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Mitsotakis' letter to Ursula von der Leyen about multinationals in Greece

Featured Mitsotakis' letter to Ursula von der Leyen about multinationals in Greece

Greek Prime Minister Kyriakos Mitsotakis sent a letter to European Commission President Ursula von der Leyen  to bring to her attention the issue of Territorial Supply Constraints (TSCs) and restrictions, as part of efforts to further deepen the European Single Market in the politically key areas of protecting consumers and their income.

"The recent inflation crisis has led to a significant erosion of the purchasing power of European citizens, and has highlighted on the one hand the asymmetric power of some large multinational companies in terms of their differentiated pricing policy vis-a-vis individual member states, and on the other the untapped collective power of our Union," he said in the letter and added:

"In view of the upcoming European elections, a crucial political challenge for the EU is to demonstrate not only its ability to set the right priorities in the light of the problems that are of concern to European societies - and tackling high prices is undoubtedly one of them - but also to intervene decisively, swiftly and effectively in order to find solutions to these problems.

I believe you can take even bolder steps to make the European single market work with more competition and transparency for consumers. In doing so the citizens of the Union will, regardless of the country in which they live, be able to enjoy the results of the ambitious common European project in Europe guided by collective effort and the principles of inclusiveness and cohesion with the common aim of improving the standard of living of its citizens. 

The ongoing inflationary crisis across the European continent has also highlighted significant and long-standing problems in the functioning of the markets in essential consumer goods. That has led to significant challenges for consumers particularly those with lower purchasing power.

One of the most important issues of concern to the Greek market, but also to other member states, the Nertherlands, Belgium, Croatia, the Czech Republic, Denmark, Luxembourg and Slovakia, is the unreasonably high prices at which branded essential consumer goods from multinational companies are sold compared to other EU countries.

One of the main reasons for this undesirable situation is the territorial supply constraints imposed by large multinationals on the market of the member states of the European Union in order to take advantage of their dominant position in smaller ones. The result creates significant differences in the selling prices of essential consumer goods that are neither justified by objective factors or by the average income level of citizens of the member states.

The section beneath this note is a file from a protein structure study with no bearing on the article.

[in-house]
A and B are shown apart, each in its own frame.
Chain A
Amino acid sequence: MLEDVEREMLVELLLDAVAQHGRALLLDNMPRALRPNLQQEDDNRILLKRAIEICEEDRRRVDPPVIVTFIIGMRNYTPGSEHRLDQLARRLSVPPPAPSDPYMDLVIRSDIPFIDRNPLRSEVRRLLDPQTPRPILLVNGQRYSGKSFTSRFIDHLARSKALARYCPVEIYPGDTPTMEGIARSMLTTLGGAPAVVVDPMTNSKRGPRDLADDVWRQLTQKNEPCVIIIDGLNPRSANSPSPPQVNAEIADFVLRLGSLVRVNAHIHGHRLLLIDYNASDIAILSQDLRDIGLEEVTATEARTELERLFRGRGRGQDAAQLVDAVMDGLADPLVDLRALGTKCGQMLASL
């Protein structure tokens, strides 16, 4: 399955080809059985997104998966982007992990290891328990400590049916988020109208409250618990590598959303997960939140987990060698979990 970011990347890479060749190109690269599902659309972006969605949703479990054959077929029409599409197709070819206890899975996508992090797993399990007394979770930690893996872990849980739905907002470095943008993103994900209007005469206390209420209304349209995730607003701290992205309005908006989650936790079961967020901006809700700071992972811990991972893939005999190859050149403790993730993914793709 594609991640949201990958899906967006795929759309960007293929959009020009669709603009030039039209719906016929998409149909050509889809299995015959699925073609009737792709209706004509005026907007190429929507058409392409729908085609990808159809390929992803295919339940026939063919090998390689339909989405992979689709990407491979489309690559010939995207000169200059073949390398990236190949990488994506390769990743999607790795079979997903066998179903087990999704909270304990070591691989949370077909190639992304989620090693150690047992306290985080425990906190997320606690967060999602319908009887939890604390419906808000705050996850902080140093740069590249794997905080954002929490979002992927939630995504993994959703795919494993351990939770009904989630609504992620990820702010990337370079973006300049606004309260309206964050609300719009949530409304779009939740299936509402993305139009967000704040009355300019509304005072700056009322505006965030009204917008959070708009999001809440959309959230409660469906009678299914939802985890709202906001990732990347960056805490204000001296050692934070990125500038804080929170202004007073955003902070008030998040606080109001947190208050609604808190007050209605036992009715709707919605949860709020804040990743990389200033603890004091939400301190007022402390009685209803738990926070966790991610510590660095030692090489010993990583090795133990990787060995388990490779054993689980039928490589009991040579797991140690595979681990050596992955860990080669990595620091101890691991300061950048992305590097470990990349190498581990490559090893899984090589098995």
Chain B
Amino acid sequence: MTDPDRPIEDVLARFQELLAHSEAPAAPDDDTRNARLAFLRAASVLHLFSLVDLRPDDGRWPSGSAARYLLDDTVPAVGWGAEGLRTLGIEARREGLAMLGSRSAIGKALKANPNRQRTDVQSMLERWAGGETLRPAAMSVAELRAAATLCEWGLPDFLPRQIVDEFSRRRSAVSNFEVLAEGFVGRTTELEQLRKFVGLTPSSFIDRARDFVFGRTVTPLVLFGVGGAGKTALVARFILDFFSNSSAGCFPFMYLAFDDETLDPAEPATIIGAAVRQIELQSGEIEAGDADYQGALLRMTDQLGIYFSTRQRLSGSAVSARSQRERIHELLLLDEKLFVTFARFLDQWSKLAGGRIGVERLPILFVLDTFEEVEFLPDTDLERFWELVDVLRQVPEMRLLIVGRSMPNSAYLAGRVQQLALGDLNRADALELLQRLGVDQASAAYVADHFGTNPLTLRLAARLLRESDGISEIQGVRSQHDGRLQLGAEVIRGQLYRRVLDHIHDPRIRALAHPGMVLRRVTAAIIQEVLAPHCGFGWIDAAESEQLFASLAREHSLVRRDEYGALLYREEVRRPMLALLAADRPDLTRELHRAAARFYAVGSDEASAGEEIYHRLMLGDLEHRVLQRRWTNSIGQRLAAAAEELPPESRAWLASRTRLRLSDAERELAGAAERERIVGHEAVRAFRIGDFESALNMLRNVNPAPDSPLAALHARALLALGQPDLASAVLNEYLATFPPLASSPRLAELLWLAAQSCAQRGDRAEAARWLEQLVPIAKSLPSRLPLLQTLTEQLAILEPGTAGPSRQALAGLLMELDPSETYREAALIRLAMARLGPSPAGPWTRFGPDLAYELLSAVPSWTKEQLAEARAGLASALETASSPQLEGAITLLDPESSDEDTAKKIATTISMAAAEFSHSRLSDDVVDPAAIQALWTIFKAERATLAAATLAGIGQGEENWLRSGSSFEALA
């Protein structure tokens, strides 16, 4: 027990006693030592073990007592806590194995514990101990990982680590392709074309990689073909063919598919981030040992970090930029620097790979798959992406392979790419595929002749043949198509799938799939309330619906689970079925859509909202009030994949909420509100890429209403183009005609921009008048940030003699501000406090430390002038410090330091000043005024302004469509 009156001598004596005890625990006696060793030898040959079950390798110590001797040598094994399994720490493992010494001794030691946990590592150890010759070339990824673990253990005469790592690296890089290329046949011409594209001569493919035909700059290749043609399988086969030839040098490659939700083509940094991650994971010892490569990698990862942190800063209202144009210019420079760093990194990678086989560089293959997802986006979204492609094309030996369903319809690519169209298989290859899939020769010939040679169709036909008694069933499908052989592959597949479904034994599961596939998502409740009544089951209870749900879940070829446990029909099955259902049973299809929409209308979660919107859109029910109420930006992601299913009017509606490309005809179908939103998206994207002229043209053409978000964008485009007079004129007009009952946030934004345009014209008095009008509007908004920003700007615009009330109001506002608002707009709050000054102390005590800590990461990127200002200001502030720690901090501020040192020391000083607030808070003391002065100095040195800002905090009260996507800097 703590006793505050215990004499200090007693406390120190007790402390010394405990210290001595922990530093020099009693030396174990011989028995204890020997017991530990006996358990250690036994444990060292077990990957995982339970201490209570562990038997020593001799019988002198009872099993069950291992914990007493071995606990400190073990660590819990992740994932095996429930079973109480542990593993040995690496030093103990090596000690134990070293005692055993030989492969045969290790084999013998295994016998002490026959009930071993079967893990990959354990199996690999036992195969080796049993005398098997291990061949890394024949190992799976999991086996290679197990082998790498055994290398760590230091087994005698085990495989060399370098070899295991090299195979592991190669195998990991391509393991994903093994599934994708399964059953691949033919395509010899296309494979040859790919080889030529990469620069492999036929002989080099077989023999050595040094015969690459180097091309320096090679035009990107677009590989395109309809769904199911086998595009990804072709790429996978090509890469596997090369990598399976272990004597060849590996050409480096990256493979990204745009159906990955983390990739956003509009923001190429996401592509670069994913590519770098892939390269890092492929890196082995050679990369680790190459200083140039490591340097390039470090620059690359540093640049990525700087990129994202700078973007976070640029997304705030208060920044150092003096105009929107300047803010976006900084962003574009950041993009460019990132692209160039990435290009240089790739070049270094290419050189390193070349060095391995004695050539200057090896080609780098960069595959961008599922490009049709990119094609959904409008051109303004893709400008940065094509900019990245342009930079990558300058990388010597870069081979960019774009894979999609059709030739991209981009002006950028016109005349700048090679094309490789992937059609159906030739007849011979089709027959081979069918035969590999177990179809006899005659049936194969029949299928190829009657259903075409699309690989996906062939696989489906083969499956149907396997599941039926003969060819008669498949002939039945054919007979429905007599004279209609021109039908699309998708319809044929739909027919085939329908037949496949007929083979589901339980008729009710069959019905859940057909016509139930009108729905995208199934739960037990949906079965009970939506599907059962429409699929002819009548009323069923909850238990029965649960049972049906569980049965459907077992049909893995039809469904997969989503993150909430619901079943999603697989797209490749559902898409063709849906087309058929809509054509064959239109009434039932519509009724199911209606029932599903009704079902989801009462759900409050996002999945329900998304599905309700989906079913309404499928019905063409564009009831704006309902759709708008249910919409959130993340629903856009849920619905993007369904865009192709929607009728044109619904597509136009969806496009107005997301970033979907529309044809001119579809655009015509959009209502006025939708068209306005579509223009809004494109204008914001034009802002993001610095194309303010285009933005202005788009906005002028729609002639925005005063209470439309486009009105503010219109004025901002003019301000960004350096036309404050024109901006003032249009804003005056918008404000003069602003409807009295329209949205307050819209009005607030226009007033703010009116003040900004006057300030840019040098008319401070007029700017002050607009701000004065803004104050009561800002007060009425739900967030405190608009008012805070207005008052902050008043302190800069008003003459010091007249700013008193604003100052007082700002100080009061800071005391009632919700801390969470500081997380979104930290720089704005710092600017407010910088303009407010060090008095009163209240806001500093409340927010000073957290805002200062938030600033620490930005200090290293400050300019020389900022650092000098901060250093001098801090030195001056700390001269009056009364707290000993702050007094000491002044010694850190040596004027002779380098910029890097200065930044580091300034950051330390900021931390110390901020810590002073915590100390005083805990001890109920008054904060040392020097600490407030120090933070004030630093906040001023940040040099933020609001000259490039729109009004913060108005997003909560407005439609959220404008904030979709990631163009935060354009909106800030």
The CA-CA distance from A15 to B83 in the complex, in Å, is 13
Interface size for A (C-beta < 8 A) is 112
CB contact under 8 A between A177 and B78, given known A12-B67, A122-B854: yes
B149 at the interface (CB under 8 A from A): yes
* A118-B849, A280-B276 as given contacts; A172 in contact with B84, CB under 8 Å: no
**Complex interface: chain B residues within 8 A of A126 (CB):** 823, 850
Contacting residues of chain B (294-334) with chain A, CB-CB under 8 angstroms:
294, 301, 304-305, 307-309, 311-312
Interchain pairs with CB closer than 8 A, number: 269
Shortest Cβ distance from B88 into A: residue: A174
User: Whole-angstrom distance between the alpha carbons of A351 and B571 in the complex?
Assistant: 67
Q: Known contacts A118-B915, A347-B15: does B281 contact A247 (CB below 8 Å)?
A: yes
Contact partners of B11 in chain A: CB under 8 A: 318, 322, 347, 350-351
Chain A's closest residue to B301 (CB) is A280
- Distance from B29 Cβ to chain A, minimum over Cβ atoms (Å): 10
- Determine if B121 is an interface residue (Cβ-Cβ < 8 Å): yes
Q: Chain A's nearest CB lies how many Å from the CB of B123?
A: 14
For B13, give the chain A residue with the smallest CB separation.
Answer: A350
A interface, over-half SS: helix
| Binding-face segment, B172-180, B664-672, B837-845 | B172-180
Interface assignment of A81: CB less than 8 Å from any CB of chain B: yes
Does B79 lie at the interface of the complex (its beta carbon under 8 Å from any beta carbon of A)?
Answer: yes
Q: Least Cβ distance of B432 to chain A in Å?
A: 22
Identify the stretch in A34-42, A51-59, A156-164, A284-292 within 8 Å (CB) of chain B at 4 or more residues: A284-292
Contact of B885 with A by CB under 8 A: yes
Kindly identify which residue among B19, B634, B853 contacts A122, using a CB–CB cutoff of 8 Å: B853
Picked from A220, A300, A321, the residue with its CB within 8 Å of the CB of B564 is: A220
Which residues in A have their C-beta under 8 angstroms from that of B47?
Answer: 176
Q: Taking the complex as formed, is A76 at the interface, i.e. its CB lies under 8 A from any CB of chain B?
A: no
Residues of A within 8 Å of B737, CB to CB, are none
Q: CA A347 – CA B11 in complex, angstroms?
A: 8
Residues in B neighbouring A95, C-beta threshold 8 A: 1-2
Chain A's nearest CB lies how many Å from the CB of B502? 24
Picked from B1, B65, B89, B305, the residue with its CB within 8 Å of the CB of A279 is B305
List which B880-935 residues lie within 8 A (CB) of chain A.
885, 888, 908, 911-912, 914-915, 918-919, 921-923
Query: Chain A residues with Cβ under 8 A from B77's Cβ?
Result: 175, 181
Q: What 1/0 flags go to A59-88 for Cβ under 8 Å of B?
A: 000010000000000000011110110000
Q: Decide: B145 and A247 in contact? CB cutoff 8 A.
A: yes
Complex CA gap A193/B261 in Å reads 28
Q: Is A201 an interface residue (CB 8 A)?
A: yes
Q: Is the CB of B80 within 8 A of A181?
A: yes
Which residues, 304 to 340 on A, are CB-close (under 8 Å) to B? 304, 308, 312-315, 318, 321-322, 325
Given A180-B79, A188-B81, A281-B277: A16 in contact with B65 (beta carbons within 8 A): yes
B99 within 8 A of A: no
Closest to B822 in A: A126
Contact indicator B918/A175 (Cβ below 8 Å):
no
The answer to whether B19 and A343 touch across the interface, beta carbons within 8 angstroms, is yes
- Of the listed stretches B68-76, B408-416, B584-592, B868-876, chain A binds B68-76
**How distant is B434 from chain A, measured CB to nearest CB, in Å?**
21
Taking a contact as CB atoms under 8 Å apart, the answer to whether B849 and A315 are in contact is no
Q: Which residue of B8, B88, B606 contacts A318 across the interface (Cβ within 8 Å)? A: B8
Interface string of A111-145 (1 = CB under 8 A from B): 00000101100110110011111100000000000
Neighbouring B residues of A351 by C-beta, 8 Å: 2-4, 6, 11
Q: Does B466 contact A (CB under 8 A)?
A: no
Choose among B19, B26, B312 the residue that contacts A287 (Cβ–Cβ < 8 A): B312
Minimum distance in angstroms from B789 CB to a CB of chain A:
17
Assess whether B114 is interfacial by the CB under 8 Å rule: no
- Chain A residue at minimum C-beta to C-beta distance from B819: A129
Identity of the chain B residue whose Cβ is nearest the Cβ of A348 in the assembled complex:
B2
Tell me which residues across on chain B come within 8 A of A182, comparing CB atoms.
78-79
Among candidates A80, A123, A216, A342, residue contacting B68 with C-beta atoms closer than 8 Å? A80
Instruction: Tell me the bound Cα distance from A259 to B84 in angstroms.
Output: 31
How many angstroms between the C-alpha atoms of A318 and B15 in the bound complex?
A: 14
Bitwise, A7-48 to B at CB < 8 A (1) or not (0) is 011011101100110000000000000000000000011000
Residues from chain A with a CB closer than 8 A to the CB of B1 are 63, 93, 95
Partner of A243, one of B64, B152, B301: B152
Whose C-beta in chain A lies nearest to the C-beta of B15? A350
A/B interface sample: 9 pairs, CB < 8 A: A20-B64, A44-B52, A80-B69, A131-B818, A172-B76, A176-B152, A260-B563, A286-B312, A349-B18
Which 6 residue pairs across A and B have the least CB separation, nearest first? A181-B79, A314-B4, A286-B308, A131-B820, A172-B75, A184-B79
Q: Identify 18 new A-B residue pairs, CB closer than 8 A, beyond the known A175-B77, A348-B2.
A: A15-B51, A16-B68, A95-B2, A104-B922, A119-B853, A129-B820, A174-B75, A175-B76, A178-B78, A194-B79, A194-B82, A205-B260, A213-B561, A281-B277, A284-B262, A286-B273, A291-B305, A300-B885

These differences affect European citizens' trust in the single market and prevent them from enjoying its day to day benefits. I would therefore propose that legislation is adopted at European Union level to effectively address the practice of territorial supply restrictions in those cases where this is not justified by objective factors that promote the well-being of our society.

It is crucial to address the practice of some multinational producers of key fast moving consumer products to break up the single market into geographically isolated smaller ones by introducing barriers to competition, parallel imports and the ability of retailers to exploit arbitrage opportunities that can effectively normalize price differences between member states consumer markets.

In this context we propose:

-The further strengthening of EU competition law by providing the competent national authorities and the European Commission with new tools and powers to tackle unjustified TSCs.
-The prohibition of unfair commercial practices in supplier retailer relations such as those practices that impede parallel trade and cross-border passive sales based on the distinction between retailers according to their place of establishment and the national market they serve 
-The removal of language restrictions on the labeling of essential consumer goods where they are not strictly necessary in order not to impede arbitrage through parallel trade, including investigation of the positive and negative elements of multilingual digital labelling of essential consumer goods. 
-The prevention of the policy of some multinational companies to sell identical or similar consumer products under different brands in different member states so that they may be able to apply differentiated pricing according to the dominant position or market share achieved in each country.